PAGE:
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A Common-Law Marriage or a mere Date: in which kind of relationship do you want to be?

21Jun2018Jun21,2018
Private client

The issue of whether or not you are in a common-law marriage (União Estável) in Brazil revolves around the consequences that a common-law marriage has for estate planning, considering that common-law marriage is recognized by Brazilian law as a family. A relationship between two people is deemed to be a common-law marriage if the following four conditions are satisfied: the relationship is public, continuous, lasting and carried out with the intent of forming a family (the “Four Conditions”).

For legal purposes, in Brazil, two people having a relationship that meets the Four Conditions but fail to enter into a common-law marriage agreement are considered common-law marriage partners under the asset regime called community property (Comunhão Parcial). This regime generates the same effects in respect of the division of estate of the two individuals – either in the event of a divorce, or in the event of death of one of them – as if they had been married under the community property regime.

The Four Conditions do not require partners to have common children or to live together and there is no minimum time period established by law in order to entitle partners to claim recognition of a common-law marriage. Accordingly, common-law marriage is a relationship fully based on subjective criteria.

During the first decade after the effectiveness of the new Brazilian Civil Code (“Civil Code”), in 2003, the Brazilian courts took a broad view of common-law marriages, considering common-law marriages to exist in relationships that could, or should, be considered as merely dating. This jurisprudence caused insecurity for partners whose relationships were not superficial, but who were still only getting to know each other before deciding to execute a common-law marriage agreement or to get married.

Legal advisers, at that time, strongly recommended partners to execute a common-law marriage agreement, adopting the most suitable marriage regime for their relationship, which was usually the Full Conventional Separation of Assets (Separação Total). Obviously, raising the topic of marriage agreements between partners at an early stage of a relationship is quite sensitive, and therefore, not many people were willing to follow this advice, which resulted in undesirable consequences for the heirs of some of them.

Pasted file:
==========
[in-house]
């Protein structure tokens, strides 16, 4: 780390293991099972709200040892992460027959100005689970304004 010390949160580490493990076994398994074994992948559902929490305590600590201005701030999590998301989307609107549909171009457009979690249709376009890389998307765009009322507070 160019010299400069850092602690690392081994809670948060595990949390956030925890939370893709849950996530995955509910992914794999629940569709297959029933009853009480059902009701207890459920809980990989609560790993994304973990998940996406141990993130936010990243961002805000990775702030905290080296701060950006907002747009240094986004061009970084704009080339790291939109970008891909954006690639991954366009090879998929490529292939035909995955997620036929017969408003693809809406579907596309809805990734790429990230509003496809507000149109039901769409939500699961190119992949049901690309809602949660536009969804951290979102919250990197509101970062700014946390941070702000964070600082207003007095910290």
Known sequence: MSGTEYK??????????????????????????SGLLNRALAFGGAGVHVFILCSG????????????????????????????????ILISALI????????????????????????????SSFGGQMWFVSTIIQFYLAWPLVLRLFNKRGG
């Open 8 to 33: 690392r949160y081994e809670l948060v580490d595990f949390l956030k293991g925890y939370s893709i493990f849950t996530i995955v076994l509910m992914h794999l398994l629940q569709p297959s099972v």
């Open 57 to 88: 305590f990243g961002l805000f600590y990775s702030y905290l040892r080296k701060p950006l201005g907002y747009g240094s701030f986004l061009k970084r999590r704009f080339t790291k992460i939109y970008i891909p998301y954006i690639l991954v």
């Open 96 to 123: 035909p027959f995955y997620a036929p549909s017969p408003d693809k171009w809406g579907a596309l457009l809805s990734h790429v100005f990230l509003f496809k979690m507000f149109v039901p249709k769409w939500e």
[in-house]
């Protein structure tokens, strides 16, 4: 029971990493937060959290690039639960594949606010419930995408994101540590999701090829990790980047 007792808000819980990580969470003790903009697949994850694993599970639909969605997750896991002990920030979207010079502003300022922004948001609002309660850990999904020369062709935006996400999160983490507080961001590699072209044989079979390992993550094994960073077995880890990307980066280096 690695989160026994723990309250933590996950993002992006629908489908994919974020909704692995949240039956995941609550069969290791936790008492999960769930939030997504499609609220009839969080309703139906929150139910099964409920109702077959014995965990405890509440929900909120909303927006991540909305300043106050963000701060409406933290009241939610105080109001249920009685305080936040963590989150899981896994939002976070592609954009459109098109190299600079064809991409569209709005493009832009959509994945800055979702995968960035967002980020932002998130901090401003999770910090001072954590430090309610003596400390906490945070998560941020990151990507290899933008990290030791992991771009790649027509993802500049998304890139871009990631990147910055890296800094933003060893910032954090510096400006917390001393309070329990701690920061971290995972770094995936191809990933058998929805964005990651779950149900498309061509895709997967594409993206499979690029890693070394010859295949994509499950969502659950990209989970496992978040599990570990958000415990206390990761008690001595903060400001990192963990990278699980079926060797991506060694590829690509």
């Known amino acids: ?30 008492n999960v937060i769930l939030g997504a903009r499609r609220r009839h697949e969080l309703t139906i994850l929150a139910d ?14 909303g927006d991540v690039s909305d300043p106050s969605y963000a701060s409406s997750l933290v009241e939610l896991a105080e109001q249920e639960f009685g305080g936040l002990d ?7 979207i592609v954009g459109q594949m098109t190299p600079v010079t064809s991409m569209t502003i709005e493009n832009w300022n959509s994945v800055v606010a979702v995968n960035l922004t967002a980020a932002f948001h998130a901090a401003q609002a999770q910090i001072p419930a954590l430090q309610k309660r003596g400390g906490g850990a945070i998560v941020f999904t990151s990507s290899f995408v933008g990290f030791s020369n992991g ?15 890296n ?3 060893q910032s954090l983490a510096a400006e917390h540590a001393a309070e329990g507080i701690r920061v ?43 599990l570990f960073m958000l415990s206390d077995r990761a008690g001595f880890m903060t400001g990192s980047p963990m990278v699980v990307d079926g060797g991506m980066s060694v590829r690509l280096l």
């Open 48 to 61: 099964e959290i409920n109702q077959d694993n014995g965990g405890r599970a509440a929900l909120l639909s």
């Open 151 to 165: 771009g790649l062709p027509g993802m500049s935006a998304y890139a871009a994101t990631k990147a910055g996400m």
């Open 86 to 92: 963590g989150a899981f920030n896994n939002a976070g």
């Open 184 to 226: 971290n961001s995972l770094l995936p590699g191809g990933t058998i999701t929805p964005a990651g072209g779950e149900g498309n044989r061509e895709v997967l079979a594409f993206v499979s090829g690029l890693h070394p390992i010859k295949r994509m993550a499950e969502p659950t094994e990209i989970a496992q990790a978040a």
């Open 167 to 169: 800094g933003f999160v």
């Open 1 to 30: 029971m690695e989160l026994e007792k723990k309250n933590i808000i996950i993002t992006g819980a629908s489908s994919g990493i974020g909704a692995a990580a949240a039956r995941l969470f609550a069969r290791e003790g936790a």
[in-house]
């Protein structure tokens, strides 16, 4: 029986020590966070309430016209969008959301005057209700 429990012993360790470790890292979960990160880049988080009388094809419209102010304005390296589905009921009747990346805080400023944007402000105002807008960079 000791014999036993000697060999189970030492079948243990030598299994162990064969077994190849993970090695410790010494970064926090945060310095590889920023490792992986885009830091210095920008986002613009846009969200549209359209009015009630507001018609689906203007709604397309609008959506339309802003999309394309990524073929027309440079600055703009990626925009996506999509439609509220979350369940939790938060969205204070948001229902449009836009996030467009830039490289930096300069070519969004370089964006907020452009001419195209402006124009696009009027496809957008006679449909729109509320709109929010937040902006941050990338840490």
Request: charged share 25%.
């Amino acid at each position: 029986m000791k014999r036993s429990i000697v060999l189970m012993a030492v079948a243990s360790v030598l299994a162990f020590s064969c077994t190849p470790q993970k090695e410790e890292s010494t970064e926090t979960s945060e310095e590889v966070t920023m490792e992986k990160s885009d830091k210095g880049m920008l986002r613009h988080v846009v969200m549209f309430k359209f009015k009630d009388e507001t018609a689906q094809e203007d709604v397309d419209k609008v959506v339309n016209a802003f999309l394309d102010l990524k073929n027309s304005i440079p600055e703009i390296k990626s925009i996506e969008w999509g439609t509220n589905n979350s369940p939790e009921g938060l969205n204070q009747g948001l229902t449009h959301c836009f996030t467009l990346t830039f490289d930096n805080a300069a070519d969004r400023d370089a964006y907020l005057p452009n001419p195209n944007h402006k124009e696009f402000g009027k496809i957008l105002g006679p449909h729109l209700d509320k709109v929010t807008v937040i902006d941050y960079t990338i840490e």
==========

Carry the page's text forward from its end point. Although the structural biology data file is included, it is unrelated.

However, during the last five years, court decisions have evolved and judges have been more flexible when analyzing a relationship by taking into account conditions, other than the Four Conditions, in order to decide whether or not a certain relationship may be deemed to be a common-law marriage. Among such additional conditions, the financial subordination between the partners is certainly one of the most important.

In this more recent scenario, the execution of a “Dating Agreement” (Contrato de Namoro) has emerged in Brazil as an option for couples. The Dating Agreement may be recognized by the courts as evidence that a couple may only wish to benefit from a relationship, which, despite being public, continuous and lasting, does not carry the willingness to form a family. It is, of course, essential that there is no financial support between the partners, because, in the event that one of the partners covers the monthly expenses of the other, the Dating Agreement would simply be disregarded and the judges may consider the couples to be in a common-law marriage.

The Dating Agreement has become an interesting alternative, especially when one of the partners, or both, is/are high net worth individual(s) and seek mechanisms for asset protection. The Dating Agreement is also a good alternative for foreigners who are living in Brazil, such as expats, who may wish to avoid misinterpretation of their relationship.

It must be made clear, however, that the enforcement of a Dating Agreement depends on the analysis of factual elements, at the judge’s discretion, because, for the time being, Dating Agreements are not recognized in our Civil Code or in any other law.

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